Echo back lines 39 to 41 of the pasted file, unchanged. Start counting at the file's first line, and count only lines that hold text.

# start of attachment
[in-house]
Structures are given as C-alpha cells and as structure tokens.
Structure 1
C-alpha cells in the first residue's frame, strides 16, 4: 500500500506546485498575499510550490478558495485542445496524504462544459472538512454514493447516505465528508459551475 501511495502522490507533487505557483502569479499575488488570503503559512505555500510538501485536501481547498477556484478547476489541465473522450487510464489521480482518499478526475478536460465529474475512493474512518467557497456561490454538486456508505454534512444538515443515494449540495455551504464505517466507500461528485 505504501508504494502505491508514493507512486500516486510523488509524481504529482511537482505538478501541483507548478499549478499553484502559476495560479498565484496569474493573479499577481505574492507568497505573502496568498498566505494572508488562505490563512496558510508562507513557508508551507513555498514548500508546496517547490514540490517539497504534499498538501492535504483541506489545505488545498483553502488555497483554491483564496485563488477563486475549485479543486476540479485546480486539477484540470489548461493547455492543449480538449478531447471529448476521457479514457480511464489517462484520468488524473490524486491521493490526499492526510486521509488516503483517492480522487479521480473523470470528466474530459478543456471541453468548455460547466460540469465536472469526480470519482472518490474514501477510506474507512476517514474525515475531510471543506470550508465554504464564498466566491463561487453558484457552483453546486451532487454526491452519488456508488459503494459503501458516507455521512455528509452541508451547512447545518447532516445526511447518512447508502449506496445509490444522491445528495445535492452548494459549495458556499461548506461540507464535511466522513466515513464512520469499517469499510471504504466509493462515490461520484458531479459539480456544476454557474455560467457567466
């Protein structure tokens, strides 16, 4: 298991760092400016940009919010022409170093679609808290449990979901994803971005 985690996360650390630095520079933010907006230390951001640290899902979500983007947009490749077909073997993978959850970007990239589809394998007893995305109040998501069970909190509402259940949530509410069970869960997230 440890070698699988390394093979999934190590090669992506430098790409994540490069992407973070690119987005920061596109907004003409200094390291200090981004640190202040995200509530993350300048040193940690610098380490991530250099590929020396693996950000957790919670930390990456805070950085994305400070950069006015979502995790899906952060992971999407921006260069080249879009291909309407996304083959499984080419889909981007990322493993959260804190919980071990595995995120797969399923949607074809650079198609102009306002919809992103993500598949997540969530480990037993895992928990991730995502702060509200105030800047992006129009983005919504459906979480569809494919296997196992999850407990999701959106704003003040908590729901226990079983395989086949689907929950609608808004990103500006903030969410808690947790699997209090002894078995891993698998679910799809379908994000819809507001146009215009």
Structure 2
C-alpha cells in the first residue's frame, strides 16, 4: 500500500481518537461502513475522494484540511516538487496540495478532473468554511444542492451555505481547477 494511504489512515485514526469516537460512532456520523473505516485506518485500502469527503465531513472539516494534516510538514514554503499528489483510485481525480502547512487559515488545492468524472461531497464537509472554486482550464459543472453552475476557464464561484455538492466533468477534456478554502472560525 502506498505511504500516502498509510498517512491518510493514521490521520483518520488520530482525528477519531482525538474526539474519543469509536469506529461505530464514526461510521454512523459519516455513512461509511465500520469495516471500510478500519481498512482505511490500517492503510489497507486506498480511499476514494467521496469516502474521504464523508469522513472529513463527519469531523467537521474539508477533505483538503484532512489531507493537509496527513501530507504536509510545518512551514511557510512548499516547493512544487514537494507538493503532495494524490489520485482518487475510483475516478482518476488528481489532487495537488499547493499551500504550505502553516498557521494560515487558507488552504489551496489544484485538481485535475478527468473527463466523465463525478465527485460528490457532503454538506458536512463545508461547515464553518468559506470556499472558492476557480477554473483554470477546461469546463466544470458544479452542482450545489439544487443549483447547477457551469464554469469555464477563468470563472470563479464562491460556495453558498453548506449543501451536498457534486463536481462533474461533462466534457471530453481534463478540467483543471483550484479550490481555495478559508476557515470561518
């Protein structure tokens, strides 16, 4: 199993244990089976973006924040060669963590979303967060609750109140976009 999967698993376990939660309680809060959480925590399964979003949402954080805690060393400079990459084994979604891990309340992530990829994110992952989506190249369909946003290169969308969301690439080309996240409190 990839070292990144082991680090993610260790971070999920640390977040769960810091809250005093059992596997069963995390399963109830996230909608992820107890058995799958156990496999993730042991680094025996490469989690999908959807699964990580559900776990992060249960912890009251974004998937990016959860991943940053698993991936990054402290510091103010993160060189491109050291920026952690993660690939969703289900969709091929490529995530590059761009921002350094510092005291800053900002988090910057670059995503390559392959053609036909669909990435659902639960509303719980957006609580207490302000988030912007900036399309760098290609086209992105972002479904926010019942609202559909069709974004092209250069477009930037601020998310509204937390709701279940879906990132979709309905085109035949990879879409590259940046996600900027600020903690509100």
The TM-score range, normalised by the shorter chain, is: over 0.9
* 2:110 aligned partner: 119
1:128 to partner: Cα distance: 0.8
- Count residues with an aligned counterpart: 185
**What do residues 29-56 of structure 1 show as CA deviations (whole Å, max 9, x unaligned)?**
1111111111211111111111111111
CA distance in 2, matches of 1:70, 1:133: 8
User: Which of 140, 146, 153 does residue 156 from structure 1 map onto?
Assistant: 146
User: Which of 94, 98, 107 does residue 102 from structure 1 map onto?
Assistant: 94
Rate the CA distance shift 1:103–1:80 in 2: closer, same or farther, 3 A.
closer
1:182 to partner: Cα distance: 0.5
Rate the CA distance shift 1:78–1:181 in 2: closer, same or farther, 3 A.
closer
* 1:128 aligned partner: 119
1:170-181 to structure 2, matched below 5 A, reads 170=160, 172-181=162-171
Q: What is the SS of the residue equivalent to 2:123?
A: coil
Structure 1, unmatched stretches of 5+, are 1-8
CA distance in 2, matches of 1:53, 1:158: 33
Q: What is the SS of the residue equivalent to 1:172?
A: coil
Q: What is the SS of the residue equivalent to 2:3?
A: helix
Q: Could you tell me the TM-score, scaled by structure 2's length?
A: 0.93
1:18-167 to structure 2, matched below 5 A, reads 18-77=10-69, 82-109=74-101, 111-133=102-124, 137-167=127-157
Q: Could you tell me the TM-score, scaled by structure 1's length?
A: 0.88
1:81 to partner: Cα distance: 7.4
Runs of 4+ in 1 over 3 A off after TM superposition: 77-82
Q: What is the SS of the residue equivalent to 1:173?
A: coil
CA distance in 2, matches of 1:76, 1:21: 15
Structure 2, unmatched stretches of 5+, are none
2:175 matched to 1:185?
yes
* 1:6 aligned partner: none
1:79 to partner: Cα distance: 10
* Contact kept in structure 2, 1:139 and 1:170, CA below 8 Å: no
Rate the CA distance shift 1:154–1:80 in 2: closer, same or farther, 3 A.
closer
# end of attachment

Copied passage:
A: 0.88
1:81 to partner: Cα distance: 7.4
Runs of 4+ in 1 over 3 A off after TM superposition: 77-82